Tag Archive - Show don’t tell

How to Get Readers into Your Story—and How to Keep Them There

We’re continuing our look this month at Fatal Flaw # 2—Nothin’ Happenin’. Last week editor Rachel Starr Thomson explained the pitfalls of front-loading scenes with too much narrative, and this week editor Linda Clare continues with the discussion, helping writers see what can be done to get readers quickly into your story, and how to keep them there.

In the opening of many novels, we see a character alone on stage, riding a train, plane, car, or donkey. Many times this character is gazing out a window (unless, of course, she’s riding the donkey), thinking. Some call this “driving to the story.”

Many times this type of “sittin’ and thinkin” scene is so loaded with backstory that readers don’t know when the real story begins—or worse, they don’t care. Let’s look at some ways to fix this kind of Writing that comes across as “nothin’ happenin’.”

The Wilson Principle

To hook your readers and get the story going quickly, your POV character needs someone to interact with. If you write only her thoughts, she has no one who will disagree with her. There is no variety or stimulating action. Just the character sitting, thinking. While an occasional scene opening this way can have a place in a novel, writers risk losing readers’ interest by taking this approach. Continue Reading…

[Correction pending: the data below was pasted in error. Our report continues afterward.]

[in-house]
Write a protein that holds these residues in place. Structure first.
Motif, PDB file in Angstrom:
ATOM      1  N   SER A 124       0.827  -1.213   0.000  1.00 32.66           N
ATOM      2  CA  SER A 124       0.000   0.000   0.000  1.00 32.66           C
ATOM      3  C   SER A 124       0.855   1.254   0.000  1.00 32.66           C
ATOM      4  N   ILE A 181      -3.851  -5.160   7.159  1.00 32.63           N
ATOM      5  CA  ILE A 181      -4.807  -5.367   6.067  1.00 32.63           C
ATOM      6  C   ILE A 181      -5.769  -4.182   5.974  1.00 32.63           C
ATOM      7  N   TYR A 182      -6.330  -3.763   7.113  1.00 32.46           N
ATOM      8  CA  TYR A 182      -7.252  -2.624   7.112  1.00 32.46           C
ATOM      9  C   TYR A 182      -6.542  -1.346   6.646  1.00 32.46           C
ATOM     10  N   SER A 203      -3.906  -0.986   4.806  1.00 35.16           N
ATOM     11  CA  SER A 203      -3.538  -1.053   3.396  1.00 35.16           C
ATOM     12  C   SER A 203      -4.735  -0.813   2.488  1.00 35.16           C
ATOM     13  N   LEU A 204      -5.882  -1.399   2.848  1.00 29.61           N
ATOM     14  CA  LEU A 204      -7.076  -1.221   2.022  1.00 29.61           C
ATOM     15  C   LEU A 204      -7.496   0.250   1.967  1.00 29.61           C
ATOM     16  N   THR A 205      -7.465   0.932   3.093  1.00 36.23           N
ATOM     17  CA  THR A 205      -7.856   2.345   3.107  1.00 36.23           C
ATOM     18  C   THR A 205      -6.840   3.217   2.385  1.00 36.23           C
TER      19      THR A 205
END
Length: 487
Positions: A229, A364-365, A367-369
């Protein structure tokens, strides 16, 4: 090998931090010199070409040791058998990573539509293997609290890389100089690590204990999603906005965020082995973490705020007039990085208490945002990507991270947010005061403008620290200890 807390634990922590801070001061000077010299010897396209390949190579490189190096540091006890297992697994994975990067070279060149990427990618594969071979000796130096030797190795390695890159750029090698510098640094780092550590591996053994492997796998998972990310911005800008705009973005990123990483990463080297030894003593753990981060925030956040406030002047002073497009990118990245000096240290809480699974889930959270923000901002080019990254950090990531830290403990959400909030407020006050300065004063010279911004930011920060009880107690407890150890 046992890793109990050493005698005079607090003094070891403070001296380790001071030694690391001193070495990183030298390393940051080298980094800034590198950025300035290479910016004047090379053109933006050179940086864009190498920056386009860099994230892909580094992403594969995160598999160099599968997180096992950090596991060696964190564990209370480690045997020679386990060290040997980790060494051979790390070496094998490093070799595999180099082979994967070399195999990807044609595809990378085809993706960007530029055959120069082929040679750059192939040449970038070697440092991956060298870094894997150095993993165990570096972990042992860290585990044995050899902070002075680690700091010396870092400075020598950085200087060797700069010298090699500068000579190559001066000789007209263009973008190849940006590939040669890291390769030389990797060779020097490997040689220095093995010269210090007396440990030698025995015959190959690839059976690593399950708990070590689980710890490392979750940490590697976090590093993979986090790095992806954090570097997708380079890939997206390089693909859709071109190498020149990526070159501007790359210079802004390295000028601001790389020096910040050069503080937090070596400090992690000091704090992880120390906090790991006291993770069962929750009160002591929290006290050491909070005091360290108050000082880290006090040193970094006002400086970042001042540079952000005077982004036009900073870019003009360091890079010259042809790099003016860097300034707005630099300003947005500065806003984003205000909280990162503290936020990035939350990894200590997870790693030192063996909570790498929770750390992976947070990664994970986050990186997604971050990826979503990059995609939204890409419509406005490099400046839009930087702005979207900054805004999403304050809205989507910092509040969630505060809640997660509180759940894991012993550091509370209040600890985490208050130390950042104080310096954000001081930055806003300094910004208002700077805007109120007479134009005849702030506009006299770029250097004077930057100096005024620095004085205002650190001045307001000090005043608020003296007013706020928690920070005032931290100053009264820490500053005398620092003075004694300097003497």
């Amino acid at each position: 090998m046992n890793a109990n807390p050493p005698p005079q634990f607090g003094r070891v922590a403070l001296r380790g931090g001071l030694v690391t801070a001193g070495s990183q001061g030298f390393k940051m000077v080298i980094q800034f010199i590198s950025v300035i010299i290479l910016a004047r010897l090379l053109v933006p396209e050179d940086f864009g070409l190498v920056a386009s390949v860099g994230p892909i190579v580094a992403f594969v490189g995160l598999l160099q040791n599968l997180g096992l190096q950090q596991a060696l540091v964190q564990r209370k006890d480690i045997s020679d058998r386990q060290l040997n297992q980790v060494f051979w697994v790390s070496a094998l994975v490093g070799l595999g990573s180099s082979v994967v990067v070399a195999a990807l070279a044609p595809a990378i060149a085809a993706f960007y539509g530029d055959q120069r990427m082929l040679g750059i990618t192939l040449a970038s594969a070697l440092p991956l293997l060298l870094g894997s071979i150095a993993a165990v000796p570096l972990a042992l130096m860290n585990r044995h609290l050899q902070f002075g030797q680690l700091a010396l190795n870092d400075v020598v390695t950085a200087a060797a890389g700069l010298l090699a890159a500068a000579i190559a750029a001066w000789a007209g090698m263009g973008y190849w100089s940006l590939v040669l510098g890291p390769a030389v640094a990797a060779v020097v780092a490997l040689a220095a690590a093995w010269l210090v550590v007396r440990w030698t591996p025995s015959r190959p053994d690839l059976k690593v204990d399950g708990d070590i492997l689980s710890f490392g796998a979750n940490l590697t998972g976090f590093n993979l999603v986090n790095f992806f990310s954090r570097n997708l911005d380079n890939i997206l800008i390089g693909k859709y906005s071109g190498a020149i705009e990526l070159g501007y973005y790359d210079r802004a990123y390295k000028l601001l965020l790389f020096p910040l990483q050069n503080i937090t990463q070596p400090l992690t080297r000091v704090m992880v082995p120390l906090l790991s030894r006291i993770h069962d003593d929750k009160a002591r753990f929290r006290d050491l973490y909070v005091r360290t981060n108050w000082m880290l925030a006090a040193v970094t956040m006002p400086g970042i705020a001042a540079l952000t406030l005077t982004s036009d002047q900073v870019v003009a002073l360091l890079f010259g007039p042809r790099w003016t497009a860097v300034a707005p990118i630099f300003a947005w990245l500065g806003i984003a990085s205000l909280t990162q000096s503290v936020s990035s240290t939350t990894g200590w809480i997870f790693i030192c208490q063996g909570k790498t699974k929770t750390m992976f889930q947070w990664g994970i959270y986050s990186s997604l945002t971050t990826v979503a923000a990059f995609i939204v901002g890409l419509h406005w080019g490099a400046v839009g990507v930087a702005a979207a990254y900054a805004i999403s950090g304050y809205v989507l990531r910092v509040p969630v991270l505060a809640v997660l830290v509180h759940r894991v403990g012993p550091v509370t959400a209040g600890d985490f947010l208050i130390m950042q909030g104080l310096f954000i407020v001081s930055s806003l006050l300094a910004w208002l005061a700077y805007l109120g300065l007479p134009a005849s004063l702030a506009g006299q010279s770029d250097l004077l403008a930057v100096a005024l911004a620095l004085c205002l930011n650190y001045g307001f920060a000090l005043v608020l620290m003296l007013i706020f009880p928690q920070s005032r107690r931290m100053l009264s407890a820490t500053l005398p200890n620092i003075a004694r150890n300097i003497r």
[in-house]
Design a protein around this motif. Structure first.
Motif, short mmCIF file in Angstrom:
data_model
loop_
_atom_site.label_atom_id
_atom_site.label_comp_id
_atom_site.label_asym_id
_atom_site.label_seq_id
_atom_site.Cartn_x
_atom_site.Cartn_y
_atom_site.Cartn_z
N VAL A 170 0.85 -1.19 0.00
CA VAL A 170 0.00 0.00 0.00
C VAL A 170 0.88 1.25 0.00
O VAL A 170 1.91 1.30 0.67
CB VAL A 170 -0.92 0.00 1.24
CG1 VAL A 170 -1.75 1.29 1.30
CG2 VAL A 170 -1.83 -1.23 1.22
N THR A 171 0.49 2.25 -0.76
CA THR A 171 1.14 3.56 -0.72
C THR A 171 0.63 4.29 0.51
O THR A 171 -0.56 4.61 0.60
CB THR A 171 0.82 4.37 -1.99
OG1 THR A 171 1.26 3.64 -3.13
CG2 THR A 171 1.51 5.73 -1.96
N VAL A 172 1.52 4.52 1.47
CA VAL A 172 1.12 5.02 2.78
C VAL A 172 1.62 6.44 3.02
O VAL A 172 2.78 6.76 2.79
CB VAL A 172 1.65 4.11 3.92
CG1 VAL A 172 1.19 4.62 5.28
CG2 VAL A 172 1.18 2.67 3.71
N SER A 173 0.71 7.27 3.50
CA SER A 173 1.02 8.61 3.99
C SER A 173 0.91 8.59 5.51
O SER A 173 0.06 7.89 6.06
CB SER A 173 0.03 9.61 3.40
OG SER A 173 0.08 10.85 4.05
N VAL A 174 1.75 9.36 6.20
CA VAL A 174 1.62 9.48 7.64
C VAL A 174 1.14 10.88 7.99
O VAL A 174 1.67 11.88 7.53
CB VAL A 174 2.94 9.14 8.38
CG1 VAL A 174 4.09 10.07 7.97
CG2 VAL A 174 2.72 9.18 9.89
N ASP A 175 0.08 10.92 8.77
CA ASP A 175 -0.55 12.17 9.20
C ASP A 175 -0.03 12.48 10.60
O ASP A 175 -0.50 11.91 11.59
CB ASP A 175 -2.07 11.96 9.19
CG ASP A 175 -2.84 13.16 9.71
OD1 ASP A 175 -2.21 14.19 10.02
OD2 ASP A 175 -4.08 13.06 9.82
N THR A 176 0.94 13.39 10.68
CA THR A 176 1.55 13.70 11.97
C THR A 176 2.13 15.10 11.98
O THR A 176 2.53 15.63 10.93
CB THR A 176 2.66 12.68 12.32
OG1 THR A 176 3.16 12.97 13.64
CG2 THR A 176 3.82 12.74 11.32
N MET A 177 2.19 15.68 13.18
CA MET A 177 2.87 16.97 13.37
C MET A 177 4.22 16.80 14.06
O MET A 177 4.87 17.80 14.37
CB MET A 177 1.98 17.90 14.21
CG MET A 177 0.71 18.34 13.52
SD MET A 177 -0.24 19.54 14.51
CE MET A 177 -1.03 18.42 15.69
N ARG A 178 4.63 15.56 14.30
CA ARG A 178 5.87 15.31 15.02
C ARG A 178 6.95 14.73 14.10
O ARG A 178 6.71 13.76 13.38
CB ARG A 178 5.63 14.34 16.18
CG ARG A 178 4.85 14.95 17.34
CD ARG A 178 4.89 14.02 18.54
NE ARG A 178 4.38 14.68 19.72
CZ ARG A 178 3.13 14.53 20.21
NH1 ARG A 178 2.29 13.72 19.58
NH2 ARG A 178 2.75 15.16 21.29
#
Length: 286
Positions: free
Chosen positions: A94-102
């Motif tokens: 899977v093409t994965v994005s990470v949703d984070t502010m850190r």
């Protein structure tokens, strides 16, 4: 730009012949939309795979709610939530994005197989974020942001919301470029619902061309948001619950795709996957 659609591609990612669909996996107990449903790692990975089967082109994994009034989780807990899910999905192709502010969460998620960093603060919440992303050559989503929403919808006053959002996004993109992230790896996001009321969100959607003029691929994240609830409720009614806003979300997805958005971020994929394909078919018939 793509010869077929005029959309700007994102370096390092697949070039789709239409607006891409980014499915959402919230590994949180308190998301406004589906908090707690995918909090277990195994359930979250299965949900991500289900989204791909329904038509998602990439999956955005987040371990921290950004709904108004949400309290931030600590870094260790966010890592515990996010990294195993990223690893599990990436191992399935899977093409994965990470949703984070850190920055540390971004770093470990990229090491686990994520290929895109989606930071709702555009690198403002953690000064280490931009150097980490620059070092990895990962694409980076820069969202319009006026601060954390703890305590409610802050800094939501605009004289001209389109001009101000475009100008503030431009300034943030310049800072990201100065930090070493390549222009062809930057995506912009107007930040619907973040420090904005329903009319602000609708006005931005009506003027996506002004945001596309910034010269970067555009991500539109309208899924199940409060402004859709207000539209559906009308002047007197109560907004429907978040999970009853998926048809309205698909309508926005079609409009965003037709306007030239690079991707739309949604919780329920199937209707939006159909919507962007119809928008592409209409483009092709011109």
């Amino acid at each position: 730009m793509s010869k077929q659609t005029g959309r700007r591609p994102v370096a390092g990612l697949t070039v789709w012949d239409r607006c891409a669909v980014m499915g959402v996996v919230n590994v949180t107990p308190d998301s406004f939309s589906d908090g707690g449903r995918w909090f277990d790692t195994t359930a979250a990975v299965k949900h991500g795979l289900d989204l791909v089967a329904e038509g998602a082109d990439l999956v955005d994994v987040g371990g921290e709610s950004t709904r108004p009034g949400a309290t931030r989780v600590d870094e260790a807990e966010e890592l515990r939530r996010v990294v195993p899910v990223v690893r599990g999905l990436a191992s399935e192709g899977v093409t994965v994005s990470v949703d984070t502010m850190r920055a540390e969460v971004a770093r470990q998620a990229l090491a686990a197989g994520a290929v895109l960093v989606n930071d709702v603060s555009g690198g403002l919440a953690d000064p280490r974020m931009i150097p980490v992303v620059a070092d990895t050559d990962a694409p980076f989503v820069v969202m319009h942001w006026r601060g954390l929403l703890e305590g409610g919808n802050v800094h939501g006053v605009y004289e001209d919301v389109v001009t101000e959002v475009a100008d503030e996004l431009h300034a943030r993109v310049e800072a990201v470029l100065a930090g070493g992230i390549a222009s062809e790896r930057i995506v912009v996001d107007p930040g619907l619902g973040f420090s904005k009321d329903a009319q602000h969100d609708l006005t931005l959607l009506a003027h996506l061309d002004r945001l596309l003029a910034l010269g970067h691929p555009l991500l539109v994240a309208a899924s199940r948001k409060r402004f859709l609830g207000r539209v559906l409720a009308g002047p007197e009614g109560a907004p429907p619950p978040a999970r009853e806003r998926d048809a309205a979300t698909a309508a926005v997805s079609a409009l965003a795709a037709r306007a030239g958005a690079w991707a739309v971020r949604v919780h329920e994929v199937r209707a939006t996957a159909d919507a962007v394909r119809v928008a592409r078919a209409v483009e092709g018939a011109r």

Show, Don’t Tell—But How?

Last week I told a brief joke about a man walking into a bar, accompanied by a piece of asphalt. Like most jokes, this one was short and didn’t give much detail. It had no power or punch, no strong feel of action or movement. I doubt you will remember it a month from now. Other than the man walking and talking and nodding, the “scene” was stagnant, with little to stir the imagination or evoke emotion.

Maybe your own writing feels this way to you—often—and you don’t know what to do to make it better. Maybe you’ve read a dozen books on the writing craft and have attended countless workshops at writers’ conferences and you still can’t seem to “get” how to write powerful, evocative scenes that move your readers. Well, if you sometimes feel like strangling, stabbing, or decapitating your novel because of flat, boring, lackluster scenes, you can shoot your novel instead! Continue Reading…

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